13. Why stopped down so much? On a lot of lenses this much aperture restriction leads to diffraction. Why not experiment a little with your aperture settings just to see what results you get? With that aperture setting the camera is telling the flash to go at full power I think. Or if you really need to stop down that much then maybe slow down the shutter speed to get a little more of the ambient which might help the problem you are seeing? When I have something happen that I don't fully understand I re-create the shot as best as possible and try altering the settings to see if I can arrive at a resolution.
     
  14. What's your shutter speed, and what's the duration of these lights, and how are you triggering them?
     
  15. This is a can be a combination of 2 issues. You're shooting at a 250th and shutter sync is just a bit off. I've experienced this occasionally. Shoot at 200th or lessand you'll be good. Also, depending on flash specs, your flash sources need more than a 150th of a second to discharge. High power settings require more time to discharge. Shoot at 1 stop higher ISO.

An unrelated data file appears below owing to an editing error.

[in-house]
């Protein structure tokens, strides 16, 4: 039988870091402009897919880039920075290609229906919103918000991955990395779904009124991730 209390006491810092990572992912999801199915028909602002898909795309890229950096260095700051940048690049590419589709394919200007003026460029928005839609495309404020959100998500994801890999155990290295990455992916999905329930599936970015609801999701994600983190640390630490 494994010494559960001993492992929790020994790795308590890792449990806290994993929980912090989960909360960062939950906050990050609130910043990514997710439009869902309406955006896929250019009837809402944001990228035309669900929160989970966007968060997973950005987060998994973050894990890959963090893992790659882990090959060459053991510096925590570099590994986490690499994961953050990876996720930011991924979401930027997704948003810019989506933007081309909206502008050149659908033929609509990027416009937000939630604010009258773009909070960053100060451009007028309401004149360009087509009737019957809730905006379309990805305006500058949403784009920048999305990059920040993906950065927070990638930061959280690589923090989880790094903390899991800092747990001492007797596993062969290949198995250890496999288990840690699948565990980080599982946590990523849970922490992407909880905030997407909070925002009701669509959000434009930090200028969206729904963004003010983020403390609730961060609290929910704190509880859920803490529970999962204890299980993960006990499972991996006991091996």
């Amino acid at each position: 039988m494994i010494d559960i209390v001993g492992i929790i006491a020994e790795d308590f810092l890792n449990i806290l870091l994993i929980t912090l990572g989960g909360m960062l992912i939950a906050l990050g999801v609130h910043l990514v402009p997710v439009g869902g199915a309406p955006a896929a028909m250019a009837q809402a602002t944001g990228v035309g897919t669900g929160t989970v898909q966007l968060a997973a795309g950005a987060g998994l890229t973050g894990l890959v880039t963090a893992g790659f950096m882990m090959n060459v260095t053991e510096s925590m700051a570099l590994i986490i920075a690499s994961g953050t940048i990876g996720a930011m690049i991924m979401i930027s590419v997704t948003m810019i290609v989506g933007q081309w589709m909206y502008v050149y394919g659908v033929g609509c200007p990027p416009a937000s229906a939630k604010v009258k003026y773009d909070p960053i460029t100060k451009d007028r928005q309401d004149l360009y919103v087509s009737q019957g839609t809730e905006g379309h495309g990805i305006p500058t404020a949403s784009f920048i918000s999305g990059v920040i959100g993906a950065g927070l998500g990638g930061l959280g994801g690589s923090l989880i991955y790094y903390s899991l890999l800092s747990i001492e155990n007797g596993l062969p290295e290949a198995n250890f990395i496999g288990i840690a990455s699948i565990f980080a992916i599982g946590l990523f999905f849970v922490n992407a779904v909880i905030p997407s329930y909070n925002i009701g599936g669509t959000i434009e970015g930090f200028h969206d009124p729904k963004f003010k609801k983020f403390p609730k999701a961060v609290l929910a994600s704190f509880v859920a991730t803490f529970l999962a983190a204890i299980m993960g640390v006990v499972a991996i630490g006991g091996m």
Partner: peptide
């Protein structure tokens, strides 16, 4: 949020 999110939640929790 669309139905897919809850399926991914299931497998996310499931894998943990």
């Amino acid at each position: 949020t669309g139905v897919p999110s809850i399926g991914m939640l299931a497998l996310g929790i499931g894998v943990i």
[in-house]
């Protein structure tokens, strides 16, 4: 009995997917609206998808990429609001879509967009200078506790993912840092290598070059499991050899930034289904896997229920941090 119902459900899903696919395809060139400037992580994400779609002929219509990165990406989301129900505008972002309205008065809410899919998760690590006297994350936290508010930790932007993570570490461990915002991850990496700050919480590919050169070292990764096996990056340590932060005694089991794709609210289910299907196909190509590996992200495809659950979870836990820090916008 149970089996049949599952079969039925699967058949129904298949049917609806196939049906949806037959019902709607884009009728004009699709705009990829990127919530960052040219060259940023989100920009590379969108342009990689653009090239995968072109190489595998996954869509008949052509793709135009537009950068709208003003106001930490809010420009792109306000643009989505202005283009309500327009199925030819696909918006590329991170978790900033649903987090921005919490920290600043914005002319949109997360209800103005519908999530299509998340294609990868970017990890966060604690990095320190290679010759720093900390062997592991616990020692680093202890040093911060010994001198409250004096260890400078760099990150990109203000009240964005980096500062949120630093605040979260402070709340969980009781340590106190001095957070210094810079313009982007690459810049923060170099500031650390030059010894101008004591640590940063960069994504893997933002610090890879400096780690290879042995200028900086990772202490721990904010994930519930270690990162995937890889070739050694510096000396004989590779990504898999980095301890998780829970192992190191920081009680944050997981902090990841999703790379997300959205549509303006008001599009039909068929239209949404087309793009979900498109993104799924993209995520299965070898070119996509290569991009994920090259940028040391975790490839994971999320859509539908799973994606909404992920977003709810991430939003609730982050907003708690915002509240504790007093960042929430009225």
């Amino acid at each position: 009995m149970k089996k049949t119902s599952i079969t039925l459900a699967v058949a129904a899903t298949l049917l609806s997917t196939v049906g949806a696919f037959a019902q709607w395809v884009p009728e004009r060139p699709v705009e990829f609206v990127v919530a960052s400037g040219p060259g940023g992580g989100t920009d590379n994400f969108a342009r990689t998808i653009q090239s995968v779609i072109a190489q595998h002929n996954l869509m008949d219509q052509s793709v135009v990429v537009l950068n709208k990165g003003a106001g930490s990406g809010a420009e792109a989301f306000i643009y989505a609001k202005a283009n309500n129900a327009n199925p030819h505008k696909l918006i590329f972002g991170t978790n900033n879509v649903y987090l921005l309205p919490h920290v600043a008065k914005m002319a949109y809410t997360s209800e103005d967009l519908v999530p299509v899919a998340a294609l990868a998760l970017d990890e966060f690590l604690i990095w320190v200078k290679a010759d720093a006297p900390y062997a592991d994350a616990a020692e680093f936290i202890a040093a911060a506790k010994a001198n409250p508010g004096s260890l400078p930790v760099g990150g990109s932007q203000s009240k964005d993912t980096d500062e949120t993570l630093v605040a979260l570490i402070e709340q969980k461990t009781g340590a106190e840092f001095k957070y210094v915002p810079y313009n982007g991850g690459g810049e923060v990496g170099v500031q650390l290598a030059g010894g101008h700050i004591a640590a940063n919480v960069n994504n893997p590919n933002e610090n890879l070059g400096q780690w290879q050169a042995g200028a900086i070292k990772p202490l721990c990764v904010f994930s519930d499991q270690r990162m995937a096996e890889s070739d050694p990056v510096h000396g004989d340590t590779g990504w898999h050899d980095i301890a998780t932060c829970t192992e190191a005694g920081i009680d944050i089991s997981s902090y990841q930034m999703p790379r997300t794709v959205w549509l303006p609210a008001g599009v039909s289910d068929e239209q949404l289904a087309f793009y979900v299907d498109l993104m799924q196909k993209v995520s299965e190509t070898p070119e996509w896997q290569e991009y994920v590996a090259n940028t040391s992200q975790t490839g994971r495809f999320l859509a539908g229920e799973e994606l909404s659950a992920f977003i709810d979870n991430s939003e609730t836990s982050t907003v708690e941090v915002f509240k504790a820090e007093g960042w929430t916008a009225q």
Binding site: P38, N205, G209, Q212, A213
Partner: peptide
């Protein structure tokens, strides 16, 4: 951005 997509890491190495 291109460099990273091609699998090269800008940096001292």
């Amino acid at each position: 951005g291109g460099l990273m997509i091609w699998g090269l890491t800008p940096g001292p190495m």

16. Hi -- Your problem is your sync speed is too high with a focal plane shutter / studio lighting setup. Try 1/200th or even slower and re-test. In a studio setting there is no benefit to high sych speed for table top work anyway -- the flash duration trumps the shutter.. Ask me how I know!
     
  17. ANSWER
    Michael H, you win the prize - at 125th this goes away completely. I think this has something to to with the synch and shutter.